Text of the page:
Last month Arne and I spent a week in Oregon to celebrate our 20th wedding anniversary… as well as my ability to eat again. (Sorry, OR friends and family… this was a gooey romantic trip, and we made no room for anyone else.) We had a wonderful time and, of course, ate as much as we could hold. Alas, that didn’t seem to be as much as it once was. Still, we had some great highlights I’ll share with you over the course of November, especially since I’ll be posting every day for NaBloPoMo.
Though we’ve visited the stunning Portland Japanese Garden many times (and we didn’t miss it this time either), we had never made it to the Lan Su Chinese Garden and its working teahouse. The one thing the Japanese garden lacks is a real teahouse, so we were excited.
We made our way to the garden on a drizzly afternoon, after brunch at Tasty & Alder (which did not impress me as much as Tasty & Sons, but maybe we didn’t order as well. The chocolate-potato doughnuts with creme Anglaise were still awesome, though). Anyway, I wore the yellow rain slicker I have no call for in Albuquerque, and felt like I matched the autumn trees, which were just approaching peak color.
After a bit, the waiter brought an iron teakettle of hot water, which he placed over a little tabletop brazier. He returned shortly with a wooden tray holding a large bowl with tongs; a small gravyboat-shaped pitcher; a handleless, teacup-sized lidded cup; three small dishes with tea leaves on them; and two thimble-sized white ceramic cups with matching saucers. He told us which tea was which – I instantly forgot – and then demonstrated how to brew tea in the Gaiwan Ceremony style.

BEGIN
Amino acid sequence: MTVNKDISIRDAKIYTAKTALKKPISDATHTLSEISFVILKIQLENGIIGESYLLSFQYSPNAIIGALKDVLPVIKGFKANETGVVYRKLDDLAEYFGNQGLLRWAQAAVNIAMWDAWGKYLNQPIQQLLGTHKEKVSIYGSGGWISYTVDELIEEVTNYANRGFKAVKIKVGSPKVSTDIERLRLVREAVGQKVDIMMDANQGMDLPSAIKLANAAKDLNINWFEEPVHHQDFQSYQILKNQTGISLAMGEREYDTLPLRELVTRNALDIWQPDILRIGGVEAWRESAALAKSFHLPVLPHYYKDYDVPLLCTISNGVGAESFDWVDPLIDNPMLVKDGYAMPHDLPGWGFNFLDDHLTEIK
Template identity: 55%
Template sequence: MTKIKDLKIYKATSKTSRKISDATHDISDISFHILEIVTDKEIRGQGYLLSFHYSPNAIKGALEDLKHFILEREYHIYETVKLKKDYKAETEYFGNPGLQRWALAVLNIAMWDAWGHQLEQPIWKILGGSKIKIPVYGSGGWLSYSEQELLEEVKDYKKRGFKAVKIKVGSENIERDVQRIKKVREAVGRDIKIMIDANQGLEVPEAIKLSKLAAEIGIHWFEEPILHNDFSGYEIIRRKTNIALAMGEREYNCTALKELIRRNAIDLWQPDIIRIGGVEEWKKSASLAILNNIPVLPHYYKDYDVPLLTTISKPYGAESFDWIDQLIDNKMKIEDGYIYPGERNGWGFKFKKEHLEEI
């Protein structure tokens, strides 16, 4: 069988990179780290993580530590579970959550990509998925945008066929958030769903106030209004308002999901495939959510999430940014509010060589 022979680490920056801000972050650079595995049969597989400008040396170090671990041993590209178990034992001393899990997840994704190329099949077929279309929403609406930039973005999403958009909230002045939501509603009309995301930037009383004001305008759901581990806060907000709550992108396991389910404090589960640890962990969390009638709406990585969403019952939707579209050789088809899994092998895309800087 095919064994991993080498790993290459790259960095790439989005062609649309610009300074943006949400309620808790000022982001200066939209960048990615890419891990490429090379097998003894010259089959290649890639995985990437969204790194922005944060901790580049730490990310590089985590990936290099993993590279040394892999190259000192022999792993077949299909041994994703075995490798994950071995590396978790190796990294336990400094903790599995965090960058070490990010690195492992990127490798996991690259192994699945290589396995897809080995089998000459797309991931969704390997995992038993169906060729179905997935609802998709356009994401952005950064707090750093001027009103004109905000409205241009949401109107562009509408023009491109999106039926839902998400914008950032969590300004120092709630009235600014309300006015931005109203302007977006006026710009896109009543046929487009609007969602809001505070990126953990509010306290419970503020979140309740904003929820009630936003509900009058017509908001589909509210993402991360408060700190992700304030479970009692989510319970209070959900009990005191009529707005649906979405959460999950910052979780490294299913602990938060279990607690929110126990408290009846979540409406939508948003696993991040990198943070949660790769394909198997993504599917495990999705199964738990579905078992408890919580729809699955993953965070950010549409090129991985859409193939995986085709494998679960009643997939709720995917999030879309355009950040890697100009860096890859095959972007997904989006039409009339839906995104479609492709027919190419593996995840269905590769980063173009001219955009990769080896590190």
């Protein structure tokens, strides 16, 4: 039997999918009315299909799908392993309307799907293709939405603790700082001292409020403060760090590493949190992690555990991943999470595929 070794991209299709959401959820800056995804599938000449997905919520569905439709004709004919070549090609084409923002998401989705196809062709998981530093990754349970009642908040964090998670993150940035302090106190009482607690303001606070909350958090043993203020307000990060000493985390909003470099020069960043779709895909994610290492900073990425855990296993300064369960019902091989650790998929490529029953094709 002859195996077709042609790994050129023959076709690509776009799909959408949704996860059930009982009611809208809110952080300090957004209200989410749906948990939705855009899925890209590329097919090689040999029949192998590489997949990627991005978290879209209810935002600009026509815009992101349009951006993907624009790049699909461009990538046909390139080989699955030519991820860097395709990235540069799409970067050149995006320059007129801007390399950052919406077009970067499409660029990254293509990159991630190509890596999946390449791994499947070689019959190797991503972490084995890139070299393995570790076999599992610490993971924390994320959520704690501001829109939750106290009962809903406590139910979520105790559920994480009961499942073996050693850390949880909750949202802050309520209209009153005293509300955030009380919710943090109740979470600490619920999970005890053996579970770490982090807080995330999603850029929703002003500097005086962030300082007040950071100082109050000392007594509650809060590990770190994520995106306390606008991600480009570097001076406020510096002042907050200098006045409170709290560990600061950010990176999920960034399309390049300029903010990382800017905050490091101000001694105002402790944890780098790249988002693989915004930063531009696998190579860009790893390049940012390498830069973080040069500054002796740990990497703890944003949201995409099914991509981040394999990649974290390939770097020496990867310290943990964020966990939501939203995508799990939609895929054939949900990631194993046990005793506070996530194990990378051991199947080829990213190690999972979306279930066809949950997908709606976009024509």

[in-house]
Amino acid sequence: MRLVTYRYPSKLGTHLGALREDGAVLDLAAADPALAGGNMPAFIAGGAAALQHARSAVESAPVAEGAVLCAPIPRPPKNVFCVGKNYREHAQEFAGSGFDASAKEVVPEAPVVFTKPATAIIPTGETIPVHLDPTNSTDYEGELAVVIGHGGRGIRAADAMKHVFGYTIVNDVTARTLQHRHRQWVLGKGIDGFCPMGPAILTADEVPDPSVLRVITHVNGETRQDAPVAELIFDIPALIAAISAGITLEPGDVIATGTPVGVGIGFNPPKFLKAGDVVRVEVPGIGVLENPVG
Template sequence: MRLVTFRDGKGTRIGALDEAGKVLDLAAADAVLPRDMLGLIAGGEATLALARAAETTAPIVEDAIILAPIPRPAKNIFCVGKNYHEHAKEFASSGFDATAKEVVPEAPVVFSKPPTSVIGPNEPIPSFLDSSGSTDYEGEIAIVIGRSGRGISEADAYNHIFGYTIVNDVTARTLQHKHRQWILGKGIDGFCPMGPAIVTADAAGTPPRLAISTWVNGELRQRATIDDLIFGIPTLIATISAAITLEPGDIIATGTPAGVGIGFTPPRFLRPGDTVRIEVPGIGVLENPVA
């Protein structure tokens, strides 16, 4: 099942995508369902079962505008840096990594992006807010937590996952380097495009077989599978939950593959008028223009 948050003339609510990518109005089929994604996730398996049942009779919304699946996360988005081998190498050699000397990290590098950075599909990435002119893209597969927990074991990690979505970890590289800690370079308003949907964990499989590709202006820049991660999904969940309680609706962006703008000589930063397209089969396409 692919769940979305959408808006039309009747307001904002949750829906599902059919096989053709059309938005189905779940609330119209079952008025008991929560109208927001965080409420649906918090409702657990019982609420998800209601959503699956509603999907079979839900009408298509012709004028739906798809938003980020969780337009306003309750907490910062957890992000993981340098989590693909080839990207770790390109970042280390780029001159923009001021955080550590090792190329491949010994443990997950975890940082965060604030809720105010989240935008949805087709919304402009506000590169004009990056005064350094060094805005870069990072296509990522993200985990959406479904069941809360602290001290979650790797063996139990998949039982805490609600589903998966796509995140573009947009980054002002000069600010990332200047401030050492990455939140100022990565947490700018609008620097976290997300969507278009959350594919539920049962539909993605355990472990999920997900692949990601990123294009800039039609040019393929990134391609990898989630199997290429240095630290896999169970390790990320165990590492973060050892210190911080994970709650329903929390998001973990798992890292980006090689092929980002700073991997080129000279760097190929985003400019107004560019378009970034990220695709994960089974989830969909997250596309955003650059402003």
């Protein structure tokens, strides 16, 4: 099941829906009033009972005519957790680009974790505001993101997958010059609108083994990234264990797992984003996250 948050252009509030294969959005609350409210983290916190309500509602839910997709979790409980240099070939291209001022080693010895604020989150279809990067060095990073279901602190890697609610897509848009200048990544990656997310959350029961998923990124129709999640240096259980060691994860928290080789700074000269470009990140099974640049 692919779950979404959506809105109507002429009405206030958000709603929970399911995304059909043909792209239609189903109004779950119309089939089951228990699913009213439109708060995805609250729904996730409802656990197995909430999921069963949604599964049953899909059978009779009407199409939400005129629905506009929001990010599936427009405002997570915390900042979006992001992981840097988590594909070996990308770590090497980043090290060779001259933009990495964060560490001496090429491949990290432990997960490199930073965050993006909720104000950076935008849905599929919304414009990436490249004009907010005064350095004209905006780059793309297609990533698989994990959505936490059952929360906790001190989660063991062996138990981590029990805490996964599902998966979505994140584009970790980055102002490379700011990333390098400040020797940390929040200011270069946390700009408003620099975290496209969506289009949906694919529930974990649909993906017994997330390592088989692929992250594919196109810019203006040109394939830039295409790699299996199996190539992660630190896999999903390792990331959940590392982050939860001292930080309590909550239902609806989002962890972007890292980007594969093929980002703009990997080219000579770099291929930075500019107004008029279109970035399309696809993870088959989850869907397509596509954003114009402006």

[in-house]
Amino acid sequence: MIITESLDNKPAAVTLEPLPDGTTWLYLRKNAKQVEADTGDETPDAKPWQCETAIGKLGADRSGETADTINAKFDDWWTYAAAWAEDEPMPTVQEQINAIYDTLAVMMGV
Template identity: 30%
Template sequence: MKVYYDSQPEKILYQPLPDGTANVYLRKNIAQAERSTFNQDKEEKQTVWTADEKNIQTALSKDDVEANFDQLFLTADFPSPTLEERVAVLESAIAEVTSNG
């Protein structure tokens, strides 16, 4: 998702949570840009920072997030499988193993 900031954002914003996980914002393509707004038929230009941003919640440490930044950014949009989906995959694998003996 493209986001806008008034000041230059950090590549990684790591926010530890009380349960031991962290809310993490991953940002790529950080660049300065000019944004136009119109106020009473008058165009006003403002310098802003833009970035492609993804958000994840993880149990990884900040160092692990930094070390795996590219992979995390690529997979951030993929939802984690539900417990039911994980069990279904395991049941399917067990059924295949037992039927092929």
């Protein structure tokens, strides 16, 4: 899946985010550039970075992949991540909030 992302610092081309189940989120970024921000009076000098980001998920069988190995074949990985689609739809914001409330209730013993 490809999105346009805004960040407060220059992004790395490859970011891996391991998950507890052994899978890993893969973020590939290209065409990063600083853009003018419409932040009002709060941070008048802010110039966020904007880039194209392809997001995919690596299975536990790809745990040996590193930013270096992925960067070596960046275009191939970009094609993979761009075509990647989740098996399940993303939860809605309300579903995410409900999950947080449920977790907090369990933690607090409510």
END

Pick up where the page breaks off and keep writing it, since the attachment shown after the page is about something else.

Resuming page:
He placed the chosen tea in the lidded container and poured hot water over it, then immediately poured that water off into the small pitcher and the teacups. This served to rinse the tea, he said, as well as to heat all the teaware. Then he refilled the lidded container and used its lid to gently stir the tea, causing it to “bloom” (soften and expand). After a little more than a minute, he emptied the pitcher and refilled it with the tea, then emptied and refilled the tiny cups. These were robust teas, he told us, which could take 8 or 10 steepings before getting bitter, but each steeping should be a little shorter than the last. Then he left us on our own.
I’m not a tea connoisseur – I usually drink flavored black teas – but these teas were lovely, light yet complex with interesting woodsy notes. I think I would have loved almost any tea served this way, though. The steeping and serving, the judgment of when each tiny batch was ready, was a slow, exquisite meditative joy, made even lovelier by the coming and going of rain and weak sunlight through the intricate windows of the teahouse.
I found that I preferred the first few steepings – we took to calling them “flushes,” though I don’t know if that’s an accurate use of the term – and that, indeed, the tea got a little more bitter and needed to be steeped more briefly each time.
The little snacks were tasty, not amazing – though the eggs were beautiful, and the intensely flavored, sour-sweet plums good enough that I took a photo of the wrappers so I can try to find some at Talin – but they were satisfying accompaniments to the tea. Several platters of steamed buns were carried past our table, and they looked great, but we valiantly resisted ordering any. We stayed for quite a while, steeping all three teas at least four or five times, just enjoying the process and the quiet simplicity. It was a wonderful oasis in an active week, and I look forward to visiting again.
NaBloPoMo 2014 post #4